Microsoft’s Edge announced on Twitter Friday that an implementation of Safari’s Intelligent Tracking Prevention (ITP) is now shipping in its staging (Canary) nightly build for minor tweaks before going into production. The latest version of Edge will include Safari’s Storage Access API which enables third-party widgets on your site to function properly.
With Safari’s most recent update to ITP, website API calls to “hasStorageAccess()” respond conditionally with a boolean value that defaults to “false” in third party contexts. The value is “true” only when there are explicit first-party user interaction permission settings to allow access to cookies and local storage data in third party contexts.
Why we care. The most likely scenario for these calls is when an embedded third-party widget, like YouTube or Facebook, should be able to provide authenticated video players and comment dialogs by accessing cookies and local device storage through APIs. Without access, these embeds will not function on third party websites that have features requiring authentication and other personalized data.
SameSite adherence. This implementation in Edge is also notable because Edge is Chromium-based. Google Chrome itself (along with Edge and Firefox) adheres to SameSite rules requiring secure (TLS) https for all third-party cookies. Third party trackers are severely limited by ITP and SameSite rules updates and all website owners should be aware of how browsers handle the recommendations.
Edge, being Chromium-based, implements SameSite but now with a significant difference: Edge’s adoption of Storage Access API in Chromium appears to bypass at least one SameSite restriction. With user permission as depicted below, ITP will allow third party cookie access over simple http. It’s uncertain whether Chrome and Chromium itself will follow suit, but Edge demonstrates how it can be done.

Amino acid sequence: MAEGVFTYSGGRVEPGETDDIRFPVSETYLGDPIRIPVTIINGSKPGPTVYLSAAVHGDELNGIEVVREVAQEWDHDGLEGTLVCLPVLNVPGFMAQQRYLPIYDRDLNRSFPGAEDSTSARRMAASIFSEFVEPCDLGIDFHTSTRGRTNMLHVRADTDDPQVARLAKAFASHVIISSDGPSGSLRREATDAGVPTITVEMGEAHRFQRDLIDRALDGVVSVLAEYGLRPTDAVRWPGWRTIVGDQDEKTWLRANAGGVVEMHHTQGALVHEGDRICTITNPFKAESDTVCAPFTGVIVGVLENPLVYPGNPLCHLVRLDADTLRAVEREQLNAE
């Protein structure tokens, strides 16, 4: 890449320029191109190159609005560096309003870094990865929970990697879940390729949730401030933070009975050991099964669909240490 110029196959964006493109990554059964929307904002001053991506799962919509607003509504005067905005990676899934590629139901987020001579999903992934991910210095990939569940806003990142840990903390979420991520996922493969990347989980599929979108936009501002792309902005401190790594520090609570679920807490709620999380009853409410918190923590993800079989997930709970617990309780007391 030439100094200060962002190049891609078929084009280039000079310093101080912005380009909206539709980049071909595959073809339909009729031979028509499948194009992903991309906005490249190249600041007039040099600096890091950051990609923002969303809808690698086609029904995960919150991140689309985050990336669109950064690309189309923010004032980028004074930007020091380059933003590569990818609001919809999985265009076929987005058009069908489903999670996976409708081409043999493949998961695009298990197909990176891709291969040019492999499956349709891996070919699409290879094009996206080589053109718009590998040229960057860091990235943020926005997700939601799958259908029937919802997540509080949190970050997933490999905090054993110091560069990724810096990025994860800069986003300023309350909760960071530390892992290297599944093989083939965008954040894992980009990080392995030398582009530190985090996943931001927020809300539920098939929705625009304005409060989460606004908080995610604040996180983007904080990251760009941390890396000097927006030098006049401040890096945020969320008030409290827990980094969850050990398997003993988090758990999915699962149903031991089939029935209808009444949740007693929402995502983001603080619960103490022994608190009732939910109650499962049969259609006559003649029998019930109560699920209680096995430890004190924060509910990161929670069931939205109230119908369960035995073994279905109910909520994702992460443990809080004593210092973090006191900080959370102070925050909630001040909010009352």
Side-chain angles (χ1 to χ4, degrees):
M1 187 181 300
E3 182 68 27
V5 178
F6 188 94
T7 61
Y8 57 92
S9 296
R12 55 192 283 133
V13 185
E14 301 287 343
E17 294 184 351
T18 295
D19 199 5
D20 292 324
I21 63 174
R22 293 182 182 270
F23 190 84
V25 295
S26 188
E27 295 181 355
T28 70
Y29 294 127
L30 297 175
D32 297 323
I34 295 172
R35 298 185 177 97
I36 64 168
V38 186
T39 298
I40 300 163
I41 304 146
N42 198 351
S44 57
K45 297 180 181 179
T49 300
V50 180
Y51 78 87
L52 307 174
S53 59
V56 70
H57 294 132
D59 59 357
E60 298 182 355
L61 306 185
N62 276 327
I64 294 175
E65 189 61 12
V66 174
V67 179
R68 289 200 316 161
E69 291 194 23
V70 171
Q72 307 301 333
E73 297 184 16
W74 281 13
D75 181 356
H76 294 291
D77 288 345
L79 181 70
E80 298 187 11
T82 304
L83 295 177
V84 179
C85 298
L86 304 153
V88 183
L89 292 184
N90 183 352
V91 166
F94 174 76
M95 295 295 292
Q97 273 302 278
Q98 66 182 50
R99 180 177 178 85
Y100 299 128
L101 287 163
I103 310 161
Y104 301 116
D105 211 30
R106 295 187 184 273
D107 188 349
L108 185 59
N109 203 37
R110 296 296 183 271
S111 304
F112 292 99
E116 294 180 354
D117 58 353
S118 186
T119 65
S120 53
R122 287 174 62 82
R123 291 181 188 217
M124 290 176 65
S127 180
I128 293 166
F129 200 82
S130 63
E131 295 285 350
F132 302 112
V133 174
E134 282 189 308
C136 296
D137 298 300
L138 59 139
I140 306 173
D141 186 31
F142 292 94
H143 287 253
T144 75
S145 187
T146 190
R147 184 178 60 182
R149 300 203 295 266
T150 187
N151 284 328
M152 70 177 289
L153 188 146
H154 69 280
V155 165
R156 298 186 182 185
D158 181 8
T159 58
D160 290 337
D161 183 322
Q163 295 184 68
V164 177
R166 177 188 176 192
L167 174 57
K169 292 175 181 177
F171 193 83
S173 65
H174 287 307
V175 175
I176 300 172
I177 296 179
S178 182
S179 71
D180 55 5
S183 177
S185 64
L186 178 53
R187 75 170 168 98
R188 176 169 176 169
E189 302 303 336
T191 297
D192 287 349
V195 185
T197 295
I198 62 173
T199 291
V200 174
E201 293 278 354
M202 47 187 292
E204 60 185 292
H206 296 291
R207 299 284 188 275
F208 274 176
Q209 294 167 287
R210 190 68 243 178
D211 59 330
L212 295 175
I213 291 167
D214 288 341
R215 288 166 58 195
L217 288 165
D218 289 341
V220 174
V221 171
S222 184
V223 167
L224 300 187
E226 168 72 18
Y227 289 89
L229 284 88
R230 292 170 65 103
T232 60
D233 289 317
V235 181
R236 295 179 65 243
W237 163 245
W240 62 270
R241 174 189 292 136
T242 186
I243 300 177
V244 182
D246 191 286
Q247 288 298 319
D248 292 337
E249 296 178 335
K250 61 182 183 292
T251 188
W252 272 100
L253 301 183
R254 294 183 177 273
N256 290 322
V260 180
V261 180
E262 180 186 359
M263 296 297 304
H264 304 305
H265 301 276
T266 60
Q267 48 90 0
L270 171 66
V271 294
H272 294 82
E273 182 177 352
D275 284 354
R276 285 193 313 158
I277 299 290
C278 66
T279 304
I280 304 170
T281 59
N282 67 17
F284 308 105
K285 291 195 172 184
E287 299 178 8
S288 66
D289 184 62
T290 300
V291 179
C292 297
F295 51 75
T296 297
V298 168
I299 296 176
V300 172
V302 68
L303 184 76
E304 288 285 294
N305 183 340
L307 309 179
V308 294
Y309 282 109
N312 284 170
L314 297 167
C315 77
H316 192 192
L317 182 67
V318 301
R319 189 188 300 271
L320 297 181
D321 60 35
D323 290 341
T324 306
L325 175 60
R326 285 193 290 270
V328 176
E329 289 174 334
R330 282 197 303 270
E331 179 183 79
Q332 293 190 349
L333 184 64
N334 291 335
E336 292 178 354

Pull request for Chromium. The Edge team has submitted its contribution to be taken up into the Chromium project itself. The implication is that with interactive first-party user permission, Edge will bypass SameSite=None; Secure cookie restrictions and adopt Safari’s ITP data-handling behavior. The condition is described by engineers as “a first party cookie in a third party context,” which when validated by user interaction would be allowed regardless of TLS connection status.
This is not yet the case for Chrome and Chromium, where SameSite rules for all third party cookies require TLS in addition to a corresponding cookie value setting: SameSite=None; Secure. The Chrome team only recently announced the SameSite update to the rules, which were adopted by Edge and Firefox. Edge’s Chromium contribution now straddles both SameSite and ITP rules for first party embeds in third party context data access.